Drunken Master 5e: Way of the monk dnd class
The Drunken Master 5e ‘s manner teaches its pupils to move with all the jerky, unpredictable motions of a drunkard. The drunken master’s inconsistent stumbles hide a carefully executed dance of blocks, parries, advances, attacks, and retreats. A real master frequently enjoys playing the fool to bring gladness to the melancholy or demonstrate humility into the smug. Still, if the battle is joined, the drunken master may be a bothersome, equitable foe. Resource: Xanathar’s Guide to Everything
Introduction to Drunken master 5e
Of course, what type of drunken master would you be if you weren’t a little an actor? When you choose this tradition at the 3rd level, you gain proficiency at the Performance ability if you don’t already have it. Your martial arts technique mixes combat training with all the accuracy of a priest as well as the antics of a jester. Besides, you gain proficiency with brewer’s supplies if you don’t already have them.
That is a proficiency just drowning in flavor! Performance is what a Drunken Master 5e is greatest at. While you won’t conquer any Bards or Sorcerers that decide to pick up a lute, you will still be well-loved by the townsfolk.
Mechanically, Performance is by far the most GM-based ability on the list. Your Performance test will gather dust on your character sheet or save your party from death by a dragon. There is rarely a middle floor. Some GMs will allow you to utilize Performance to make money, so that’s certainly a consideration. Please speak with your GM to see what you could get away with it. There is no reason for Bards to possess all the fun!
|Xanathar’s Guide to Everything +
|Bonus Proficiencies +, Drunken Technique +, Tipsy Sway +, Drunkard’s Luck + and Intoxicated Frenzy +
|Xanathar’s Guide to Everything +
|This tradition utilizes deception and agility to surprise the opponent.
Class Features of Drunken master 5e
Weapon and Armor Proficiency: Drunken masters gain no proficiency with any weapon or armor.
Drink Like a Demon (Ex): A drunken master’s body handles alcohol differently in others. Each bottle or tankard of alcohol he absorbs during battle reduces his Wisdom and Intelligence by two points. Still, it raises his Strength or Constitution (character’s decision ) by two points. A drunken master may benefit from quite a few drinks equal to his class level. The length of both the punishment and the bonus is several rounds equal to the character of the drunken master level + 3.
Stagger (Ex): A 5e drunken master’s improvised weapon deals as much harm as his brute attack and an extra 1d4 points. Most improvised weapons deal bludgeoning damage, though a few (a broken glass bottle, by way of instance ) would cope with piercing or slashing damage. Whenever a drunken master rolls a natural one on an attack roll while utilizing an improvised weapon, that weapon breaks aside and becomes useless.
By tripping, stumbling, and staggering, a drunken grasp of 2nd level or higher can earn a charge attack that surprises his opponents. This ability has two beneficial aspects: First, the charge need not be directly linked, though the character can still proceed to twice his pace. Secondly, suppose a drunken master makes a DC 15 Tumble test before beginning a charge. In that case, his movement through endangered squares provokes no attacks of opportunity.
Swaying Waist (Ex): The character gains a +2 dodge bonus to Armor Class against anyone competitor he chooses during his turn.
AC Bonus (Ex): At 4th level, a drunken master gains a +1 bonus to Armor Class. This bonus enhances +2 at the 9th level.
Improved Improvised Weapons (Ex): A drunken grasp of 4th level or higher may use long improvised weapons (such as ladders) to reach weapons following their length, and improvised weapons that have many protrusions (such as seats ) provide a +2 bonus on competitions’ disarm attempts. Last, large objects with broad, flat surfaces (for example, tables) can be upended to become improvised tower protects.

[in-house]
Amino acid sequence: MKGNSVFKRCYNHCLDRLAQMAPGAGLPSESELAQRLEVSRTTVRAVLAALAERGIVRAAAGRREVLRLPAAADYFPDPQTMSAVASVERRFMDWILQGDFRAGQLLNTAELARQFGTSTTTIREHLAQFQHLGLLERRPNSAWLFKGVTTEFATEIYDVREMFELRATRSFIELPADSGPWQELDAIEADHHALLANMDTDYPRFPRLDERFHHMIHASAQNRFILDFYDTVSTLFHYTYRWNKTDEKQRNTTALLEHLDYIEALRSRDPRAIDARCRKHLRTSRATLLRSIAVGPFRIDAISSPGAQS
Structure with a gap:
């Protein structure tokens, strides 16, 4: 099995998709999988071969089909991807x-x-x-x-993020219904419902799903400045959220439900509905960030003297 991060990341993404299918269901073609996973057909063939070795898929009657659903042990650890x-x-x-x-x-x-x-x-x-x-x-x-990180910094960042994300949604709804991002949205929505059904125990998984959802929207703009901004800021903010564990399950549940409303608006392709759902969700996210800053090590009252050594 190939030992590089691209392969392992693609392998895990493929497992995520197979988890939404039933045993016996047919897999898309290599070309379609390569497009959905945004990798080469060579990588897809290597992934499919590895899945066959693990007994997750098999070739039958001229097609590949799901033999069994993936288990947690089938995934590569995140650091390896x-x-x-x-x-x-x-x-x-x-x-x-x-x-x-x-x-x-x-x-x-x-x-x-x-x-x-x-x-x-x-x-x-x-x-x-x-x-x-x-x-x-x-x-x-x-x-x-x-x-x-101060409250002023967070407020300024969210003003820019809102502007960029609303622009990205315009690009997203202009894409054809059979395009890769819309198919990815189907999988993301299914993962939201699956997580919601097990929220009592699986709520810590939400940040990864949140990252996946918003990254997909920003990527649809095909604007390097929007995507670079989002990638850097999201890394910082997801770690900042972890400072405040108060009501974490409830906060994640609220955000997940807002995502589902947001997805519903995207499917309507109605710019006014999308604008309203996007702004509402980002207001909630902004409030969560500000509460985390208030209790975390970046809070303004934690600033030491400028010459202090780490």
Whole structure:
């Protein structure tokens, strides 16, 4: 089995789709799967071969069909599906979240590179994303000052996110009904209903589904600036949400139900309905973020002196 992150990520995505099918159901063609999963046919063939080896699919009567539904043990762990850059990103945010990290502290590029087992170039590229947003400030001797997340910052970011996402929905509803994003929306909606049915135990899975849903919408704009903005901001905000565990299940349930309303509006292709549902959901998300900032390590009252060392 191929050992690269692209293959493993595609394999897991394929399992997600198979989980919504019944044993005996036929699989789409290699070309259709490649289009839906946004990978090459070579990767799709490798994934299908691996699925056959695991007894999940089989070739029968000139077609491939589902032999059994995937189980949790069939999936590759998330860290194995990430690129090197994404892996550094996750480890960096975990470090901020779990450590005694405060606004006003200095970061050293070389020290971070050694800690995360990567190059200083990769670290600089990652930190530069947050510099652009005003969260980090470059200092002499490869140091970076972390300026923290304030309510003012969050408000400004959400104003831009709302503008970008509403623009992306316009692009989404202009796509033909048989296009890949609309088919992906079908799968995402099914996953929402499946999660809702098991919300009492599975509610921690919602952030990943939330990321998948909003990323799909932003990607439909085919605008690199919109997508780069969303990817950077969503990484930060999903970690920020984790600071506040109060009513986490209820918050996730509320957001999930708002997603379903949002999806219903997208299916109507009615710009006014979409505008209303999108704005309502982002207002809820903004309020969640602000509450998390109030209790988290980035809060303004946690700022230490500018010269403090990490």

Greater Improvised Weapons
Greater Improvised Weapons (Ex): At 5th level and higher, a 5e drunken master wielding an improvised weapon deals an extra 1d8 points of damage instead of 1d4.
For Medicinal Purposes (Sp): At 8th level, a budding master gains the capacity to convert a single alcoholic beverage he has ingested into one potion of moderate cure wounds as if he’d only drunk a dose of the potion. To use this capability, the character must be under the effect of an alcoholic beverage (see Drink Like a Demon, previously ). When he transforms one drink of alcohol to a dose of this potion, his skill scores alter (+2 to Intelligence and Wisdom, –2 to Strength or Constitution) as if the length of the alcohol’s effect had died. This capacity can be used up to three times every day.
Corkscrew Rush (Ex): A drunken grasp of 9th level or higher can perform this maneuver, leaping forward and twisting his body in midair as he tries to head-butt a rival. However, if the bull rush attempt fails, then the drunken master lands prone before the opponent.
Superior Improvised Weapons (Ex): At 9th and higher, a drunken master wielding an improvised weapon deals an extra 1d12 points of damage rather than 1d8.
Breath of Flame
Breath of Flame (Sp): A 10th-level drunken master can ignite some of that alcohol inside his own body and spew it forth out of his mouth as a free action. This breath of flame deals 3d12 points of fire damage to all within the 20-foot cone or half of the harm to those who make a Reflex save (DC 10 + the drunken master’s class level + the drunken master’s Con modifier).
Each time a drunken master employs breath of flame, it absorbs one beverage’s worth of alcohol from inside his own body, lessening the penalty into his Wisdom and Intelligence scores and lessening the incentive to his Strength or Constitution score (character’s decision ).
Multiclass Notice: A monk who becomes a drunken master can keep on advancing as a monk.
|Level of advancement
|Base Attack Bonus
|Drink like a demon, improvised weapons
|AC bonus +1, improved improvised weapons
|greater improvised weapons
|For medicinal purposes
|AC bonus +2, corkscrew rush, superior improvised weapons
|Breath of flame
Intoxication in Drunken Master 5e